First the Pawtucket Red Sox, next the Maine Red Claws?
The Worcester City Council passed a motion this week asking city officials to reach out to the Boston Celtics to “express interest” in bringing the team’s G League affiliate to the Massachusetts city. As the Worcester Business Journal reported Wednesday, the motion floats the idea of swiping the Red Claws from Maine once the Celtics finalize their recent agreement to purchase the Portland-based team.
“I just want to extend that olive branch if there’s ever any potential down the road,” City Councilor Sean Rose, who introduced the motion, said during a meeting Tuesday.
Rose called Worcester “one of the best sports cities in New England.” The city already has a minor-league NHL affiliate in the Worcester Railers and the PawSox, the Triple-A team for the Boston Red Sox, plan to move to Worcester in 2021.
In the wake of the PawSox move, Rose told The Worcester Sport Scene, which first reported his planned motion last week, that it “seemed appropriate to make a push for us to get this G League affiliate to Worcester.”
Jon Jennings, the city manager of Portland and founder and former general manager of the Red Claws, isn’t keen on the idea. In an interview Thursday with Boston.com, Jennings said he has “great admiration” for the city of Worcester, but thinks what they’re trying to do is “unfortunate.”
“Having the Red Claws in Portland is incredibly important to the city of Portland,” he said, adding that the city is “well established as a sports mecca.”
Portland has also had minor-league baseball and hockey teams in the Portland Sea Dogs and the Portland Pirates, the latter of which moved to Springfield in 2016.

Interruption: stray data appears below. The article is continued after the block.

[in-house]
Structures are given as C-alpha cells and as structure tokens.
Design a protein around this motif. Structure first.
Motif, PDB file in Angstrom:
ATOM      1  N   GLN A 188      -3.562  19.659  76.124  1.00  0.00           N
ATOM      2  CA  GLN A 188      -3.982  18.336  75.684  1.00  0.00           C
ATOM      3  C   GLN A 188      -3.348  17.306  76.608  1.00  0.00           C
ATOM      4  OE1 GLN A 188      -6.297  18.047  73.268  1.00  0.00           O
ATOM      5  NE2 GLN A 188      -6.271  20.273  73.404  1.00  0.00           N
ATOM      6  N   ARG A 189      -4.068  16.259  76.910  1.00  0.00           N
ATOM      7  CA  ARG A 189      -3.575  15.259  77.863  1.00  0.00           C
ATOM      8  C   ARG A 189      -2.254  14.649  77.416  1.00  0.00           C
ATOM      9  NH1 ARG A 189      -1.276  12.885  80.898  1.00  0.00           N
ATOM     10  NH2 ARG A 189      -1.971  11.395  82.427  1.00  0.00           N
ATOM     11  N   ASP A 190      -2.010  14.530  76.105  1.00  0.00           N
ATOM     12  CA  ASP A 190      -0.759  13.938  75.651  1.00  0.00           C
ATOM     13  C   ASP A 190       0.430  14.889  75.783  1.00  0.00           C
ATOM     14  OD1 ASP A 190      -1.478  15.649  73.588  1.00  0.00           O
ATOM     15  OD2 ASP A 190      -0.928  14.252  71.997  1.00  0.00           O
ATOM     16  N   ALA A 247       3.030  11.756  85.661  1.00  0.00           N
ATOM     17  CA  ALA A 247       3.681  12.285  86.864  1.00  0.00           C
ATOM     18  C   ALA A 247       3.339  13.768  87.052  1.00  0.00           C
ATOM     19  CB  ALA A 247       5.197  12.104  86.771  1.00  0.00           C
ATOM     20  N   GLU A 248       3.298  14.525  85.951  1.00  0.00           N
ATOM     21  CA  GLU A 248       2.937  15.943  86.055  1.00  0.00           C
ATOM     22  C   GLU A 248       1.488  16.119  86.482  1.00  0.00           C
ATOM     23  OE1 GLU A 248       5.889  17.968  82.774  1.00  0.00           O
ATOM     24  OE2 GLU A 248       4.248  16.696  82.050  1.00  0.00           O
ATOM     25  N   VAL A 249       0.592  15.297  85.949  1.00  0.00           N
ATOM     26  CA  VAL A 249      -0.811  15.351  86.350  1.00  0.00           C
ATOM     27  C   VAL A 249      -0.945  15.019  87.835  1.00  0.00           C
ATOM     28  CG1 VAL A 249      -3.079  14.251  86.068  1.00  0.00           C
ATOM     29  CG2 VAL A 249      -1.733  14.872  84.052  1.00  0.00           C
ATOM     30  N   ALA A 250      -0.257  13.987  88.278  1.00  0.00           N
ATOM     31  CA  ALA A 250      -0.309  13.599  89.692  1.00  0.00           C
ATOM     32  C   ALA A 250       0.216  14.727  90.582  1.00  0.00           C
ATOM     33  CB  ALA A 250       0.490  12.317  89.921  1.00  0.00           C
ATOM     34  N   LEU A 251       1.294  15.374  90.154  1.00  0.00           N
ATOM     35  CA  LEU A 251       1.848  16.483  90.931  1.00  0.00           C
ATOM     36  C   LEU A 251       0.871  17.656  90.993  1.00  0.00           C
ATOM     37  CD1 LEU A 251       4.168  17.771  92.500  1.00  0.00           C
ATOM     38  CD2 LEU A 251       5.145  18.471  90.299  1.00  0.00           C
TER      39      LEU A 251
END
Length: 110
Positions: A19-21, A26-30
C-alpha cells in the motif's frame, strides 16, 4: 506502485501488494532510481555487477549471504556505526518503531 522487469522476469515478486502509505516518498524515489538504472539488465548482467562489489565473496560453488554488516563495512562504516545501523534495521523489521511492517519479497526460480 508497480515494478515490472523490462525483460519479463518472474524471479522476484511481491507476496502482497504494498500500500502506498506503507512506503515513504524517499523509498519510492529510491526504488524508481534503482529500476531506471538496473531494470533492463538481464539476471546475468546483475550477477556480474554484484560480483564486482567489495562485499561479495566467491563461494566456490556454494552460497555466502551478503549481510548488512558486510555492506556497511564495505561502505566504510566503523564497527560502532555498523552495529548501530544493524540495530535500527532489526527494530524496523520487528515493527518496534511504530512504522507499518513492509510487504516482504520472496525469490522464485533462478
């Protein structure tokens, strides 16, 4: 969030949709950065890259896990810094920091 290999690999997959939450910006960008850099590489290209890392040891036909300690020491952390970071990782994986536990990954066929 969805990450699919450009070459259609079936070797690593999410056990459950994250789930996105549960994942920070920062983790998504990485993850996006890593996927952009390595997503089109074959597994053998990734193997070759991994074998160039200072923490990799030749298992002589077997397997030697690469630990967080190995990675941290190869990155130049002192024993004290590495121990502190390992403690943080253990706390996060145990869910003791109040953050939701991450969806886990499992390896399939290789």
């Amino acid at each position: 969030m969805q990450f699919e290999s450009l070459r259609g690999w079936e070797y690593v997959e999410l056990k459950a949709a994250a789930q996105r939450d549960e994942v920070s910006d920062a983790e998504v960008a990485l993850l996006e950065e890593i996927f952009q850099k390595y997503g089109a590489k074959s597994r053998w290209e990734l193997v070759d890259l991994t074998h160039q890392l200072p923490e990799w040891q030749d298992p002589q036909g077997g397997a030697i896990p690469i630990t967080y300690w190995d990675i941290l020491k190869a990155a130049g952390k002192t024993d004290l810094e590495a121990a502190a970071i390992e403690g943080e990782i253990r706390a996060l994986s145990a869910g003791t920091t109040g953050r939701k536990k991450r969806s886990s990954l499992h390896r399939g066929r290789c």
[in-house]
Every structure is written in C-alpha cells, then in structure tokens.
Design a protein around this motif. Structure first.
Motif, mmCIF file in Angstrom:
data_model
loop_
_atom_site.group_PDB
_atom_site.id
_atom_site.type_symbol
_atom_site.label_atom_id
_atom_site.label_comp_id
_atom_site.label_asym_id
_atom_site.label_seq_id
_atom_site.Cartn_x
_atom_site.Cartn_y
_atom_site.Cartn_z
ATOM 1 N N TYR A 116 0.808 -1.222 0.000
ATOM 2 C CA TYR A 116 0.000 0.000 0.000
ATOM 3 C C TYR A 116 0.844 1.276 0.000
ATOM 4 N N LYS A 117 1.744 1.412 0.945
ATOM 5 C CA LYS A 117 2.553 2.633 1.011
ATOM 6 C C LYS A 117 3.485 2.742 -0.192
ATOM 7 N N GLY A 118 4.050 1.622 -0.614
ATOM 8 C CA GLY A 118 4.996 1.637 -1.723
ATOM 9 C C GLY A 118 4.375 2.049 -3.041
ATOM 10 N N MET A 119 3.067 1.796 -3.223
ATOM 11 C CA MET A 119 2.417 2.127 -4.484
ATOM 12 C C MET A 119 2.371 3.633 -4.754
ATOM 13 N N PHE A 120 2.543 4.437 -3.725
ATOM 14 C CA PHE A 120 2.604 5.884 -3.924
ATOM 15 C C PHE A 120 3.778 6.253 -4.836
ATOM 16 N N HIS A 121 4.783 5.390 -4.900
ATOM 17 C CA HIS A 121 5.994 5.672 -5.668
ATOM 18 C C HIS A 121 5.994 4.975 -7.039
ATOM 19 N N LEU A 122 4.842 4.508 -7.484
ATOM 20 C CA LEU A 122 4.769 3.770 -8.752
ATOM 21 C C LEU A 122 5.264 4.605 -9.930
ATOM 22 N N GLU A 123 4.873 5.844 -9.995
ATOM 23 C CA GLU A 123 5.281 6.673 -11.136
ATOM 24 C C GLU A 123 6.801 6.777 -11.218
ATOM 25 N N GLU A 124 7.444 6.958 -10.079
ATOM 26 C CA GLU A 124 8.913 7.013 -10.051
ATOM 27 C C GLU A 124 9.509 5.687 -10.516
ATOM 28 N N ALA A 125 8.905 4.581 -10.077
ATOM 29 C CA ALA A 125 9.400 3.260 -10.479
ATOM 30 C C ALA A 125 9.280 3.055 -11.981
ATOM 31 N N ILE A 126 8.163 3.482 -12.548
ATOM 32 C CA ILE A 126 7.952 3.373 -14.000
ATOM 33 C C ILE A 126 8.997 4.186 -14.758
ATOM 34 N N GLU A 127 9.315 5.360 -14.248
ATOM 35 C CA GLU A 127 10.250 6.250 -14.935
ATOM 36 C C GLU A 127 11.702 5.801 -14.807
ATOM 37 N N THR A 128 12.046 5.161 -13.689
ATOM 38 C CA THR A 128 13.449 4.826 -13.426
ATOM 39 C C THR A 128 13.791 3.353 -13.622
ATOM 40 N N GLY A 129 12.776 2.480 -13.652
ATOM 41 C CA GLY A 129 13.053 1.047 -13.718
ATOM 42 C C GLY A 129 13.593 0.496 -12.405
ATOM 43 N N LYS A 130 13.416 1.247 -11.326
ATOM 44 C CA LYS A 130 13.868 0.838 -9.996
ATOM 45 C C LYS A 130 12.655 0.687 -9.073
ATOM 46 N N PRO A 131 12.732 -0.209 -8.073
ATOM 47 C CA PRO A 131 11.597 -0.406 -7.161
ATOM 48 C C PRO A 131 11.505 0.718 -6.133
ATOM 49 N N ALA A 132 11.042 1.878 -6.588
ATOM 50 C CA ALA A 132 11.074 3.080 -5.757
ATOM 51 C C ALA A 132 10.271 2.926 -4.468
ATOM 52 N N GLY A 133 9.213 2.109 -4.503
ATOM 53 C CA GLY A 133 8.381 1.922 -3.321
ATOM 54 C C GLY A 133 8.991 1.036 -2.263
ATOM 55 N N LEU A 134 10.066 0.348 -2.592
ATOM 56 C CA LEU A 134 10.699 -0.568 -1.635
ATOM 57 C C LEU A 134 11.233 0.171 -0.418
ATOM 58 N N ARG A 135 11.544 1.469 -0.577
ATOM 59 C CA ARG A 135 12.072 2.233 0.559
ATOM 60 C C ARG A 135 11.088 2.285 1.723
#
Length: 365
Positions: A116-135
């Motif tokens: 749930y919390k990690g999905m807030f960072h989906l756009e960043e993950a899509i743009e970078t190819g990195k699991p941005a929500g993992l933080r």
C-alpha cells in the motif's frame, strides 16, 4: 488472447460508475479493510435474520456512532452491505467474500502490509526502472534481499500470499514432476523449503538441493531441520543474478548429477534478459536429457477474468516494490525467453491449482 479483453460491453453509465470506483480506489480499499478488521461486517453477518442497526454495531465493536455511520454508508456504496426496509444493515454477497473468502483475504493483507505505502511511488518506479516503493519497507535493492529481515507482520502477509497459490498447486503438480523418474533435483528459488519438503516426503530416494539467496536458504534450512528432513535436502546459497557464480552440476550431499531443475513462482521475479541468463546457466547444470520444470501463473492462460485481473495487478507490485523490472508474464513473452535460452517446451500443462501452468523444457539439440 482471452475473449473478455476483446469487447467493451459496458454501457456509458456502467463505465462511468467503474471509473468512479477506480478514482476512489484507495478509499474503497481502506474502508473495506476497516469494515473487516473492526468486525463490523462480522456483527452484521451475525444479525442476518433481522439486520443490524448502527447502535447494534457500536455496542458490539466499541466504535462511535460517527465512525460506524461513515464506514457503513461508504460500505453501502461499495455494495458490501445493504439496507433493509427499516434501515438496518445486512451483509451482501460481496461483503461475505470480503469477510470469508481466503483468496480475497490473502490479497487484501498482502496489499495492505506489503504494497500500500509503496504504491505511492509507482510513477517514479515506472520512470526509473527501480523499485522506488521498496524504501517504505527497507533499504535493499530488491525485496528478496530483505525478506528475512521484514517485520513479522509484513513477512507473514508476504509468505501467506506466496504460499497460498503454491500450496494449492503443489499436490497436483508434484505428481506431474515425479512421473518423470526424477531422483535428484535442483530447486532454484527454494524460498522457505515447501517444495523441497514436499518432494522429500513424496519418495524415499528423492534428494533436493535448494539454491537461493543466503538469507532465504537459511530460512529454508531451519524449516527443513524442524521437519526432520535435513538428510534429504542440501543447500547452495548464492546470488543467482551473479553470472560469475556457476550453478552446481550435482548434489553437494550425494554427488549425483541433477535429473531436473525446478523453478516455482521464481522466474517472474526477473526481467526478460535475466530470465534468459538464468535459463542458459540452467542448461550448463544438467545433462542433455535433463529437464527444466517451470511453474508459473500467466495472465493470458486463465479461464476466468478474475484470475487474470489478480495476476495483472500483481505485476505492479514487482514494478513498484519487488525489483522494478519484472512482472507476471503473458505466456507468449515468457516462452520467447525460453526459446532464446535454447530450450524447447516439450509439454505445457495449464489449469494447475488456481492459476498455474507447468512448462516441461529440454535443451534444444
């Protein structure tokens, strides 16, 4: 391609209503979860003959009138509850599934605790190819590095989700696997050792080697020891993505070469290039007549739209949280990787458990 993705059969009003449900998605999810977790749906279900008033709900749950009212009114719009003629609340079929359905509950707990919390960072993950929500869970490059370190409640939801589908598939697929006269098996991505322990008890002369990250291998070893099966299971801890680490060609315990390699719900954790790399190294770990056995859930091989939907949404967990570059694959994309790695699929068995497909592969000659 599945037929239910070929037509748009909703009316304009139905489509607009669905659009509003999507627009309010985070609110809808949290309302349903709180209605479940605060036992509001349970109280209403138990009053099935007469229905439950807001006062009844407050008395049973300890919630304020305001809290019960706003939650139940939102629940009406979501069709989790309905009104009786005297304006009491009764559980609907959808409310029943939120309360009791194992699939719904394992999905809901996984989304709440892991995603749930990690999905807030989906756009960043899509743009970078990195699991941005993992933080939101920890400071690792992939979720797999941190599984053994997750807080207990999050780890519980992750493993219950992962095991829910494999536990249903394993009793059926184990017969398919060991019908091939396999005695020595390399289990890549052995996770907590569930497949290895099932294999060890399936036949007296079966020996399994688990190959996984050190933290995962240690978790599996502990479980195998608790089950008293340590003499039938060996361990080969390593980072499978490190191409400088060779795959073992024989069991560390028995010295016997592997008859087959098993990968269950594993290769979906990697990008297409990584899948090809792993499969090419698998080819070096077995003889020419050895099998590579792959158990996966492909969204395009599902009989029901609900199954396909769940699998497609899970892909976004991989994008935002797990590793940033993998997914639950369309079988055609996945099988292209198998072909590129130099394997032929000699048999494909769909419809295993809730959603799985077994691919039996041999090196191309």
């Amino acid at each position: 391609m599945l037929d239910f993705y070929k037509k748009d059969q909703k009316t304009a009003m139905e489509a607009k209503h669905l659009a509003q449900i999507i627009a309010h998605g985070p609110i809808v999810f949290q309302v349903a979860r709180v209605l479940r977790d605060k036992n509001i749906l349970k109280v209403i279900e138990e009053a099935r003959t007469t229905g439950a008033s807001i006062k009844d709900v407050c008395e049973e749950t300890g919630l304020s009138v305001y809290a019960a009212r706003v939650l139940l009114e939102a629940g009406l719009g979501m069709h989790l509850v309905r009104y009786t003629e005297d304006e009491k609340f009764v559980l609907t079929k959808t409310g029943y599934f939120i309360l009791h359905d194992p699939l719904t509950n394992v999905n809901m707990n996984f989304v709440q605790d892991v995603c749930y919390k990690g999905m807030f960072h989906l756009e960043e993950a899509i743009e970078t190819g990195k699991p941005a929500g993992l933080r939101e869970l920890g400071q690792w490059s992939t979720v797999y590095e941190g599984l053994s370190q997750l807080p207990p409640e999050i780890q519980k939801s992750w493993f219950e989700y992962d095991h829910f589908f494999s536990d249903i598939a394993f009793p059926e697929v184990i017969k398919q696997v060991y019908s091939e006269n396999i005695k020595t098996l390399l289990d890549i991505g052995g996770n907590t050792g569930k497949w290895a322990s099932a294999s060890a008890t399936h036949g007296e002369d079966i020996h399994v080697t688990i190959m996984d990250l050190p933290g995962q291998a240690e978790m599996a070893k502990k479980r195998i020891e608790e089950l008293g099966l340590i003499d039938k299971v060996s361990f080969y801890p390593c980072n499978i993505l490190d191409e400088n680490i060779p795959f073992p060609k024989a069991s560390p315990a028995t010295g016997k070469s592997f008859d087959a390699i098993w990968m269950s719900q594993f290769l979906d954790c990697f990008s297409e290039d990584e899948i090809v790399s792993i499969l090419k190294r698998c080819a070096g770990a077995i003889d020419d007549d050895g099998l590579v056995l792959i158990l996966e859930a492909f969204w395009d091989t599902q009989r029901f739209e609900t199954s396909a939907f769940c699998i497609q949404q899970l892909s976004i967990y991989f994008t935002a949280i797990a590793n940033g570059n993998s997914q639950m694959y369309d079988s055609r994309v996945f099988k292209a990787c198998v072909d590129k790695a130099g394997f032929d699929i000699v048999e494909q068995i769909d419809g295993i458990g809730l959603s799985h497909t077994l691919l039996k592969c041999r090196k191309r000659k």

Jennings said he expects the Red Claws, which he helped bring to Maine in 2009, to remain in Portland for the “foreseeable future.” The Red Claws’ lease to play at the Portland Exposition Building runs through 2024 and the team has an option to extend it through 2029. Jennings added the Celtics organization has consistently been “very supportive” of having the team in Maine.
Jennings said the reason he picked Portland — “and not Worcester” — more than a decade ago was because Maine has a “phenomenal history of high school basketball.” The former Celtics scout, assistant coach, and player development director said that the late Red Auerbach used to tell him stories about bringing the team to Maine for exhibition games in the 1960s and 1970s.
The motion passed Tuesday by Worcester officials requests that City Manager Edward Augustus “consider reaching out” to the Celtics about the city’s interest in the Red Claws.
Jennings — whose has also been an aide to President Bill Clinton and Sen. John Kerry, a Democratic congressional nominee in Indiana, and the co-owner of a frozen yogurt store — says he actually worked with Augustus in Washington, D.C., when the Worcester native was Rep. Jim McGovern’s chief of staff. Jennings said he reached out to his counterpart Thursday.
“I know Ed to be an incredibly honorable man who wouldn’t try to steal a sports franchise from another city,” he said.
“I greatly respect Worcester,” Jennings added. “I would never ever try to do the same to them. I know our city council wouldn’t, either.”
In an interview Thursday with a local radio station, Augustus chuckled when asked about the Worcester City Council’s motion and said the city was “optimistic.”
“I think it’s a great order,” he said. “I think it’s a great idea. We certainly will make sure that the Celtics organization knows that Worcester would be very excited to talk about the possibility of [the Red Claws] making Worcester their home.”